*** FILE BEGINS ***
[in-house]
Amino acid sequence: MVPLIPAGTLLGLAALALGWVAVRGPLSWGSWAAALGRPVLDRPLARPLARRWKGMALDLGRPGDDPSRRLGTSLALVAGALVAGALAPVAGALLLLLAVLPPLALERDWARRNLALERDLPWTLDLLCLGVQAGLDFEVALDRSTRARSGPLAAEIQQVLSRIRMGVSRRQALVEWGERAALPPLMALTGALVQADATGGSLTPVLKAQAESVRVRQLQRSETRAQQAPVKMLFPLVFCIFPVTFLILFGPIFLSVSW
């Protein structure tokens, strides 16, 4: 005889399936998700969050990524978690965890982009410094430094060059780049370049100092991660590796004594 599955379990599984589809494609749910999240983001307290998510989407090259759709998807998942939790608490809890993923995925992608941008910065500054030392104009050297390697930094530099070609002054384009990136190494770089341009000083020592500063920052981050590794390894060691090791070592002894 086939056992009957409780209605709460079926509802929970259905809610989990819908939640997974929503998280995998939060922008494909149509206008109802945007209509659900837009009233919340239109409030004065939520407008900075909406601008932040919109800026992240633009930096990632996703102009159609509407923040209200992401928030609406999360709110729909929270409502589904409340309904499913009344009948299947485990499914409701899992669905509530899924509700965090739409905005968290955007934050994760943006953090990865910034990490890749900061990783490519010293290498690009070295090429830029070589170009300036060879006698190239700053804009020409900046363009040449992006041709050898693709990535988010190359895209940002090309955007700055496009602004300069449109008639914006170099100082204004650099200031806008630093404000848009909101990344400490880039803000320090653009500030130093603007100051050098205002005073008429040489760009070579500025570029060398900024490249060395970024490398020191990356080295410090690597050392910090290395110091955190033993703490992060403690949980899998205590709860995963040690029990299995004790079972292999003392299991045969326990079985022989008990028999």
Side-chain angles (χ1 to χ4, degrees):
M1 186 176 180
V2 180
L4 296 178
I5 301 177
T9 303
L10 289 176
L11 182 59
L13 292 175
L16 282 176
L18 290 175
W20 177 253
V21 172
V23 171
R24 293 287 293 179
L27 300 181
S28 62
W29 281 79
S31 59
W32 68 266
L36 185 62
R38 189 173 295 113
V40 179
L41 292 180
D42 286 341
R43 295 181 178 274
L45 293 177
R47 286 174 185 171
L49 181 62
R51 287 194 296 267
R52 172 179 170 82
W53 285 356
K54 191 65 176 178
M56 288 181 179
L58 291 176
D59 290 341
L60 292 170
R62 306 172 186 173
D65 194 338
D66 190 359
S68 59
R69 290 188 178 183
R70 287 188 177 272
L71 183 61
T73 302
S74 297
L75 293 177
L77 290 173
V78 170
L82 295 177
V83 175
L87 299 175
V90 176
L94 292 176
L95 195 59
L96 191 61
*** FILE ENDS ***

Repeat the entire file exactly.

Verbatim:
[in-house]
Amino acid sequence: MVPLIPAGTLLGLAALALGWVAVRGPLSWGSWAAALGRPVLDRPLARPLARRWKGMALDLGRPGDDPSRRLGTSLALVAGALVAGALAPVAGALLLLLAVLPPLALERDWARRNLALERDLPWTLDLLCLGVQAGLDFEVALDRSTRARSGPLAAEIQQVLSRIRMGVSRRQALVEWGERAALPPLMALTGALVQADATGGSLTPVLKAQAESVRVRQLQRSETRAQQAPVKMLFPLVFCIFPVTFLILFGPIFLSVSW
């Protein structure tokens, strides 16, 4: 005889399936998700969050990524978690965890982009410094430094060059780049370049100092991660590796004594 599955379990599984589809494609749910999240983001307290998510989407090259759709998807998942939790608490809890993923995925992608941008910065500054030392104009050297390697930094530099070609002054384009990136190494770089341009000083020592500063920052981050590794390894060691090791070592002894 086939056992009957409780209605709460079926509802929970259905809610989990819908939640997974929503998280995998939060922008494909149509206008109802945007209509659900837009009233919340239109409030004065939520407008900075909406601008932040919109800026992240633009930096990632996703102009159609509407923040209200992401928030609406999360709110729909929270409502589904409340309904499913009344009948299947485990499914409701899992669905509530899924509700965090739409905005968290955007934050994760943006953090990865910034990490890749900061990783490519010293290498690009070295090429830029070589170009300036060879006698190239700053804009020409900046363009040449992006041709050898693709990535988010190359895209940002090309955007700055496009602004300069449109008639914006170099100082204004650099200031806008630093404000848009909101990344400490880039803000320090653009500030130093603007100051050098205002005073008429040489760009070579500025570029060398900024490249060395970024490398020191990356080295410090690597050392910090290395110091955190033993703490992060403690949980899998205590709860995963040690029990299995004790079972292999003392299991045969326990079985022989008990028999």
Side-chain angles (χ1 to χ4, degrees):
M1 186 176 180
V2 180
L4 296 178
I5 301 177
T9 303
L10 289 176
L11 182 59
L13 292 175
L16 282 176
L18 290 175
W20 177 253
V21 172
V23 171
R24 293 287 293 179
L27 300 181
S28 62
W29 281 79
S31 59
W32 68 266
L36 185 62
R38 189 173 295 113
V40 179
L41 292 180
D42 286 341
R43 295 181 178 274
L45 293 177
R47 286 174 185 171
L49 181 62
R51 287 194 296 267
R52 172 179 170 82
W53 285 356
K54 191 65 176 178
M56 288 181 179
L58 291 176
D59 290 341
L60 292 170
R62 306 172 186 173
D65 194 338
D66 190 359
S68 59
R69 290 188 178 183
R70 287 188 177 272
L71 183 61
T73 302
S74 297
L75 293 177
L77 290 173
V78 170
L82 295 177
V83 175
L87 299 175
V90 176
L94 292 176
L95 195 59
L96 191 61